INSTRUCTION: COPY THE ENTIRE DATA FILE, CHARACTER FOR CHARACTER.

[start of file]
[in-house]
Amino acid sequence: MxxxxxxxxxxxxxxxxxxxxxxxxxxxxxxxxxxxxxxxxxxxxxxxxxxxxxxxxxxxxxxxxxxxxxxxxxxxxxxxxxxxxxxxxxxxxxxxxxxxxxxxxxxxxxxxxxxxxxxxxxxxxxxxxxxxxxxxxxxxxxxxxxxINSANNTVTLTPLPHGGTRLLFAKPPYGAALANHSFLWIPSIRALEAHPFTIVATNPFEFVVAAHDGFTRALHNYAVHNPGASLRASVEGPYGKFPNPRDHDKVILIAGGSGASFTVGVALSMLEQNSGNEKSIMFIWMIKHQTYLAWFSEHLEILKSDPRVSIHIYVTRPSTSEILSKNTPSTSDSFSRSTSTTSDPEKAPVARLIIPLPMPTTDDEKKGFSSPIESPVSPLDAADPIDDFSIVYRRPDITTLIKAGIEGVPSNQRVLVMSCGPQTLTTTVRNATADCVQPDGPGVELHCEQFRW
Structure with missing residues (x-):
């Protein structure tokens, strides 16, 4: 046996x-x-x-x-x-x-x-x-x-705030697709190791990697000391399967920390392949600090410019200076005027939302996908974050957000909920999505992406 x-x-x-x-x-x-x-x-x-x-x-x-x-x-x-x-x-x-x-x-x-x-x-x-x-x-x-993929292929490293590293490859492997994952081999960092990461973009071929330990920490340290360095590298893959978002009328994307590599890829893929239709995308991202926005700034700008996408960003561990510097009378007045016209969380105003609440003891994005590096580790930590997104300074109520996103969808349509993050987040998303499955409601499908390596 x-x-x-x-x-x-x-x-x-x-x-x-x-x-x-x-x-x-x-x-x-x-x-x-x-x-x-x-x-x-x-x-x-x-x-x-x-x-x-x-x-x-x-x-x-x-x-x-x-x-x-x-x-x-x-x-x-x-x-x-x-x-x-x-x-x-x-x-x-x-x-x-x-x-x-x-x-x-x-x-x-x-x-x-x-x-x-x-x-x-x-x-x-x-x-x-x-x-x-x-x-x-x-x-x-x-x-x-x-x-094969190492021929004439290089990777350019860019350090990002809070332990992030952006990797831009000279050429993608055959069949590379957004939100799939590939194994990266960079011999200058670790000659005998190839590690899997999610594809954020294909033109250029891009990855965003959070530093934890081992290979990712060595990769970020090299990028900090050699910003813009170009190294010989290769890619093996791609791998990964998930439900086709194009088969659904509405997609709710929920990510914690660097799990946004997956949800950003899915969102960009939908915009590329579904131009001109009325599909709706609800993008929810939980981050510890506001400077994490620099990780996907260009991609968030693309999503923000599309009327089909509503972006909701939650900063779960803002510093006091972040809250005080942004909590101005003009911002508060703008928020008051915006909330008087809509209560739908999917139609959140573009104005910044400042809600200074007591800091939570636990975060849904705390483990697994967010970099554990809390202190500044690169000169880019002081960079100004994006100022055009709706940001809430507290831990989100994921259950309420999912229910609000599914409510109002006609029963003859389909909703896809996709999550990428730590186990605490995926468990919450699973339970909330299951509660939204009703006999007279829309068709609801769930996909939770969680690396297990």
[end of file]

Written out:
[in-house]
Amino acid sequence: MxxxxxxxxxxxxxxxxxxxxxxxxxxxxxxxxxxxxxxxxxxxxxxxxxxxxxxxxxxxxxxxxxxxxxxxxxxxxxxxxxxxxxxxxxxxxxxxxxxxxxxxxxxxxxxxxxxxxxxxxxxxxxxxxxxxxxxxxxxxxxxxxxxINSANNTVTLTPLPHGGTRLLFAKPPYGAALANHSFLWIPSIRALEAHPFTIVATNPFEFVVAAHDGFTRALHNYAVHNPGASLRASVEGPYGKFPNPRDHDKVILIAGGSGASFTVGVALSMLEQNSGNEKSIMFIWMIKHQTYLAWFSEHLEILKSDPRVSIHIYVTRPSTSEILSKNTPSTSDSFSRSTSTTSDPEKAPVARLIIPLPMPTTDDEKKGFSSPIESPVSPLDAADPIDDFSIVYRRPDITTLIKAGIEGVPSNQRVLVMSCGPQTLTTTVRNATADCVQPDGPGVELHCEQFRW
Structure with missing residues (x-):
């Protein structure tokens, strides 16, 4: 046996x-x-x-x-x-x-x-x-x-705030697709190791990697000391399967920390392949600090410019200076005027939302996908974050957000909920999505992406 x-x-x-x-x-x-x-x-x-x-x-x-x-x-x-x-x-x-x-x-x-x-x-x-x-x-x-993929292929490293590293490859492997994952081999960092990461973009071929330990920490340290360095590298893959978002009328994307590599890829893929239709995308991202926005700034700008996408960003561990510097009378007045016209969380105003609440003891994005590096580790930590997104300074109520996103969808349509993050987040998303499955409601499908390596 x-x-x-x-x-x-x-x-x-x-x-x-x-x-x-x-x-x-x-x-x-x-x-x-x-x-x-x-x-x-x-x-x-x-x-x-x-x-x-x-x-x-x-x-x-x-x-x-x-x-x-x-x-x-x-x-x-x-x-x-x-x-x-x-x-x-x-x-x-x-x-x-x-x-x-x-x-x-x-x-x-x-x-x-x-x-x-x-x-x-x-x-x-x-x-x-x-x-x-x-x-x-x-x-x-x-x-x-x-x-094969190492021929004439290089990777350019860019350090990002809070332990992030952006990797831009000279050429993608055959069949590379957004939100799939590939194994990266960079011999200058670790000659005998190839590690899997999610594809954020294909033109250029891009990855965003959070530093934890081992290979990712060595990769970020090299990028900090050699910003813009170009190294010989290769890619093996791609791998990964998930439900086709194009088969659904509405997609709710929920990510914690660097799990946004997956949800950003899915969102960009939908915009590329579904131009001109009325599909709706609800993008929810939980981050510890506001400077994490620099990780996907260009991609968030693309999503923000599309009327089909509503972006909701939650900063779960803002510093006091972040809250005080942004909590101005003009911002508060703008928020008051915006909330008087809509209560739908999917139609959140573009104005910044400042809600200074007591800091939570636990975060849904705390483990697994967010970099554990809390202190500044690169000169880019002081960079100004994006100022055009709706940001809430507290831990989100994921259950309420999912229910609000599914409510109002006609029963003859389909909703896809996709999550990428730590186990605490995926468990919450699973339970909330299951509660939204009703006999007279829309068709609801769930996909939770969680690396297990």